I decided that this summer I would try my hand at making some less pedestrian cupcakes. For my birthday, I selected these goodies that I pinned a few months back on my “Things to Bake/Make” board on Pinterest. I also attempted (and succeeded) making Dulce de Leche from “scratch” (i.e. from a can of condensed milk) for the first time. When I originally selected the recipe, I thought I was going to be able to find already-prepared (canned) Dulce de Leche quite readily at my local supermarket, but no such luck. In spite of the extra step, they were undoubtedly the better for my having made my own Dulce de Leche.
I did a fair amount of research before making my own Dulce de Leche. The standard way is to make it by submerging a sealed can of sweetened condensed milk in a simmering pot of water for a couple hours or so, but apparently that technique comes with a fair amount of risk, of the can exploding. That really didn’t sound appealing to me. There are other techniques as well, including baking the contents of the can over a water bath (as David Leibovitz describes here) for an hour, or the method I employed: slowly microwaving the sweetened condensed milk at 30% – 50% power and whisking at regular intervals. I felt the most comfortable with this technique because (a) it seemed to be the least time consuming, (b) it was a warm day and would heat up my kitchen the least, and (c) I felt I had the most control over the process this way. I didn’t want to burn it or heat it to the point of turning the milk into rock hard candy. Since I would be taking the Dulce de Leche out of the microwave every couple minutes and whisking it, I would have a better handle at its state at any given point. I was really happy with this method and definitely would make it this way again. One tip — place the milk in the biggest bowl that will fit in your microwave. 14 ounces of sweetened condensed milk doesn’t look like that much, but when it starts to boil in the microwave, it really bubbles up. There were times when I was intoning “stop, stop, stop” as the milk rose to the top of the bowl. Fortunately, the microwave power always seemed to cycle off before it could boil over.
Here are directions I used, from Carnation’s site. They seemed to use the most conservative time and power settings of the different microwaving instructions I’ve read. I cooked mine an additional 2 minutes at 30% power, for a total of 14 minutes at 30%. Note also that after the Dulce de Leche has cooled, you may have to warm it slightly over a warm water bath to make it pliable enough to beat with the cream cheese for the icing.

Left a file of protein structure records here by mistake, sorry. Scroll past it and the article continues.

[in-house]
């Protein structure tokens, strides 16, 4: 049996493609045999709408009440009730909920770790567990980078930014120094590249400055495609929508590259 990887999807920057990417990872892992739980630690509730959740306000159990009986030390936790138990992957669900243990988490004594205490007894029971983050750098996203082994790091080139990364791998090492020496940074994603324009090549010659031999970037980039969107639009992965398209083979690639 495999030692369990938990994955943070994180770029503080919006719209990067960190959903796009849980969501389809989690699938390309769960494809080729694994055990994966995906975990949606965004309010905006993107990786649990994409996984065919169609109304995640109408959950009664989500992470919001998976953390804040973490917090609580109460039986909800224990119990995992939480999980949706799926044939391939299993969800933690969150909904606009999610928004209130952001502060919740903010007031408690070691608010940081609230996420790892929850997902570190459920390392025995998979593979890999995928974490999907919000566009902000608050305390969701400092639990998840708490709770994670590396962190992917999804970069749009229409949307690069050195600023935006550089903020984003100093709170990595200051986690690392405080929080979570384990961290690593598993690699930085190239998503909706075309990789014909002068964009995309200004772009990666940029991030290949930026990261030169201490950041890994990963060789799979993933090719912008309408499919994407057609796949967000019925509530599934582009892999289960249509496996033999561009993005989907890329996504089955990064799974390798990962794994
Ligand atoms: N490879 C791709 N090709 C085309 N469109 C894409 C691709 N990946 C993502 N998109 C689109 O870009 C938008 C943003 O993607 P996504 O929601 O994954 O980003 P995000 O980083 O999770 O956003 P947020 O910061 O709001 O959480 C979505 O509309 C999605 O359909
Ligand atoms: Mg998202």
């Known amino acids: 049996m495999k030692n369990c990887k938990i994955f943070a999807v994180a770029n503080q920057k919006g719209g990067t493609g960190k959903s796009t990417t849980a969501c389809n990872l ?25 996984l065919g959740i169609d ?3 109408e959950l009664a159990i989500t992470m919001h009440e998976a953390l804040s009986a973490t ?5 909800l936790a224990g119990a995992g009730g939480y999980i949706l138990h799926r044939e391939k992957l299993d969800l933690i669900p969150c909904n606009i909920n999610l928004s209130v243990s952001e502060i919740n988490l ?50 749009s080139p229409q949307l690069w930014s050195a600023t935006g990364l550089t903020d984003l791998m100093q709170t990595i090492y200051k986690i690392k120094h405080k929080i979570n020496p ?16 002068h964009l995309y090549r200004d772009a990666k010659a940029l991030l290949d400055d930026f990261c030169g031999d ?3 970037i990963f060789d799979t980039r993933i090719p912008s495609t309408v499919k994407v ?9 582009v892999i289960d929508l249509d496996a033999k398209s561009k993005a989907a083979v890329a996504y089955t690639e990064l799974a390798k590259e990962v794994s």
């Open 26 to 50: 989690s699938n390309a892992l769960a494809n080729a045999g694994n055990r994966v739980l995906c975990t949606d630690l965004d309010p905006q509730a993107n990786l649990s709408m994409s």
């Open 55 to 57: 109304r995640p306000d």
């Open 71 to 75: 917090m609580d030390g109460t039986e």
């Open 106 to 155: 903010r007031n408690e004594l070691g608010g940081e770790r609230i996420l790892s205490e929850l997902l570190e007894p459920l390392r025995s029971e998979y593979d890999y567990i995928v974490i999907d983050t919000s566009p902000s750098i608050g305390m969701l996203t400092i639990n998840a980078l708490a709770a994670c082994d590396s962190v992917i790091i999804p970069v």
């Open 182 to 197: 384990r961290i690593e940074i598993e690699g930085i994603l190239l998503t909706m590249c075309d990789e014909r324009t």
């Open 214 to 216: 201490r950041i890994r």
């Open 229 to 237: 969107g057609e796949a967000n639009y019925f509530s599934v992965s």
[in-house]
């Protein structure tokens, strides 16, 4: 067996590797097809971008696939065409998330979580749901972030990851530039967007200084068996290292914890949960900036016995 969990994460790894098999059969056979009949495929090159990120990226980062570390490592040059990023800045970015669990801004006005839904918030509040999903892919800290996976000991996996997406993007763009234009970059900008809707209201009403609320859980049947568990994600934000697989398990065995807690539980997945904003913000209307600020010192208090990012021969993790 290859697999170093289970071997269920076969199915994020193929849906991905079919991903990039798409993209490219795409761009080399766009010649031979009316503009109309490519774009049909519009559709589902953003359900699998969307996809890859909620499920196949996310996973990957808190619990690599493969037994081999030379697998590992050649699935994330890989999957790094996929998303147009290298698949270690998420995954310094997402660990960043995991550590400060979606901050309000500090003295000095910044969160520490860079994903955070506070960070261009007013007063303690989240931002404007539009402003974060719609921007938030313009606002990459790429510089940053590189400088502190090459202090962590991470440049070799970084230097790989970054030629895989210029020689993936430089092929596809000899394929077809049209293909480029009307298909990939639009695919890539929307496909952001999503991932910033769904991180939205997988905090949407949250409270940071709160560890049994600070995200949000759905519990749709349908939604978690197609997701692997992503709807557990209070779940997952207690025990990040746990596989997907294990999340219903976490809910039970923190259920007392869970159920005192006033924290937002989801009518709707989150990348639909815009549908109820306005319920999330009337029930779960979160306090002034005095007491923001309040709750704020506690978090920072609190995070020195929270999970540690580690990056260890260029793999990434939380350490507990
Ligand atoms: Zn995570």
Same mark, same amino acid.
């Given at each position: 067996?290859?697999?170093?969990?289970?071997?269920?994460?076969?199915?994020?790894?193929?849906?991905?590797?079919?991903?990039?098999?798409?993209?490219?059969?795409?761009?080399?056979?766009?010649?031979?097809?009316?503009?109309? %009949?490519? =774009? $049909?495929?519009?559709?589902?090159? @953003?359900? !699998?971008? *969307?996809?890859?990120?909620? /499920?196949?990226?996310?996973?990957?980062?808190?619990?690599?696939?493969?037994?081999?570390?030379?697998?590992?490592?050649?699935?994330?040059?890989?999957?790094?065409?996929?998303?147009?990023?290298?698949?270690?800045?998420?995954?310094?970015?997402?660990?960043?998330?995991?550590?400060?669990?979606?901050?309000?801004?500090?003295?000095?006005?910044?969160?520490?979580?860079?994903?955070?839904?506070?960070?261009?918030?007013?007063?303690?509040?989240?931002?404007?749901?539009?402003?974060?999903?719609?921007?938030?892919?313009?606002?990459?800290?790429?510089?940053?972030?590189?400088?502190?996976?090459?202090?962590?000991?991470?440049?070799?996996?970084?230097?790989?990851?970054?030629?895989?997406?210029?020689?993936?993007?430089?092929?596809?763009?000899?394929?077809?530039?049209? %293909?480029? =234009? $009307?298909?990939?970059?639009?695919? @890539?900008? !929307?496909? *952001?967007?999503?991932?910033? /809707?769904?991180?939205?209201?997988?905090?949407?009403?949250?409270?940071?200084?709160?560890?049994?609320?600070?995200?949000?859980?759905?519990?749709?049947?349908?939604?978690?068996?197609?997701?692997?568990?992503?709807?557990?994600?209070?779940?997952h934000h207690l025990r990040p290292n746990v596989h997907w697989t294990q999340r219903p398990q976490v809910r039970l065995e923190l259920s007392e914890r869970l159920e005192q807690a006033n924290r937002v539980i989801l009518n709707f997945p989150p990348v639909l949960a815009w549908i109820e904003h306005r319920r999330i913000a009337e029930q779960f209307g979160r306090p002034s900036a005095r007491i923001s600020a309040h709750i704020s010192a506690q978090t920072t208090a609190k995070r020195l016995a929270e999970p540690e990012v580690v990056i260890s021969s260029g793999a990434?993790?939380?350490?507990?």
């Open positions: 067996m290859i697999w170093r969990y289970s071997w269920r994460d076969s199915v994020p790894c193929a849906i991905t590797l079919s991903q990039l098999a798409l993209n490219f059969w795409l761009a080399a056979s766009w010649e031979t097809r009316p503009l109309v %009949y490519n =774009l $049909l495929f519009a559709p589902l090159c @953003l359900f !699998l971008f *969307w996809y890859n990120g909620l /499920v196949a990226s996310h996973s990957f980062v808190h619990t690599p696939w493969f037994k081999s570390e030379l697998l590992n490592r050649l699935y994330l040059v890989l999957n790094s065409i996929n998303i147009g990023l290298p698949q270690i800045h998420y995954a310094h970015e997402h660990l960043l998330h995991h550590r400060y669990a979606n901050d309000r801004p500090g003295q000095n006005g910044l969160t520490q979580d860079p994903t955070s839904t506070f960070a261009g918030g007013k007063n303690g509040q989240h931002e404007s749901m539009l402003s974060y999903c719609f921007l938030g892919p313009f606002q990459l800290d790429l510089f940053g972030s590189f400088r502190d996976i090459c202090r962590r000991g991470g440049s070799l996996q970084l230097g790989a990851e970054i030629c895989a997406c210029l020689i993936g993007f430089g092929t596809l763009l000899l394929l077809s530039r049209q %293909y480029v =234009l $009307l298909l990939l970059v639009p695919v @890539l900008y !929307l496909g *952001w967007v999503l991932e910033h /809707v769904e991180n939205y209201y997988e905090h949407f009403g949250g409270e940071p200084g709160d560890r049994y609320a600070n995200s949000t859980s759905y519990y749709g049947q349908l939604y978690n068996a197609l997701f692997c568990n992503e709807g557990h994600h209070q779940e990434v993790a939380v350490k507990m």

Pour 1 14-oz. can sweetened condensed milk into a large microwave-safe bowl. Cook on medium (50%) power for 4 minutes, stirring halfway through heating time. Reduce power to medium-low (30%) power; cook for 8 to 12 minutes, stirring with wire whisk every few minutes, until thick and light caramel-colored.
Note: Microwave ovens may vary; adjust timing accordingly.
The cupcake and icing recipe is from Jennifer’s Bake or Break blog. The addition of cinnamon to the chocolate batter is what gives them a Mexican chocolate flavor. I used Hershey’s Special Dark cocoa powder (a mixture of Dutch-processed and unsweetened cocoa powders) for a darker, richer and mellower chocolate flavor, rather than using the straight unsweetened cocoa powder called for.
I also converted the volume measurements in the cupcake recipe into weights, as I am a compulsive scaler. Here are my conversions:
- 8.5 oz. all-purpose flour
- 2 tsp. baking powder
- 1/2 tsp. salt (I used a slightly heaping 1/2 tsp. of coarse sea salt)
- 2 tsp. cinnamon
- 1.5 oz. mixture of Dutch-processed and unsweetened cocoa powder (such as Hershey’s Special Dark cocoa powder)
- 8 oz. unsalted butter, softened
- 10.5 oz. granulated sugar
- 4 oz. light brown sugar
- 3 large eggs
- 1 tbs. vanilla extract
- 8 oz. milk
To ice the cupcakes, I piped the icing on in a swirl (I don’t really like how it looks when I spread it on with a spatula), using a Wilton #12 round tip
. I had just enough to ice all 24 cupcakes with no icing left over, so ration carefully (and sample sparingly!). To finish, I garnished each cupcake with a piece of chewy caramel candy, cut into quarters.
The cupcakes were phenomenal. The cake itself was moist and rich and the icing’s cream cheese-Dulce de Leche combo was a great compliment to the cake — not too sweet and just a hint of caramel-y goodness. My husband took a few into work and they were very well-received. Thanks to Jennifer
for a fabulous pair of recipes!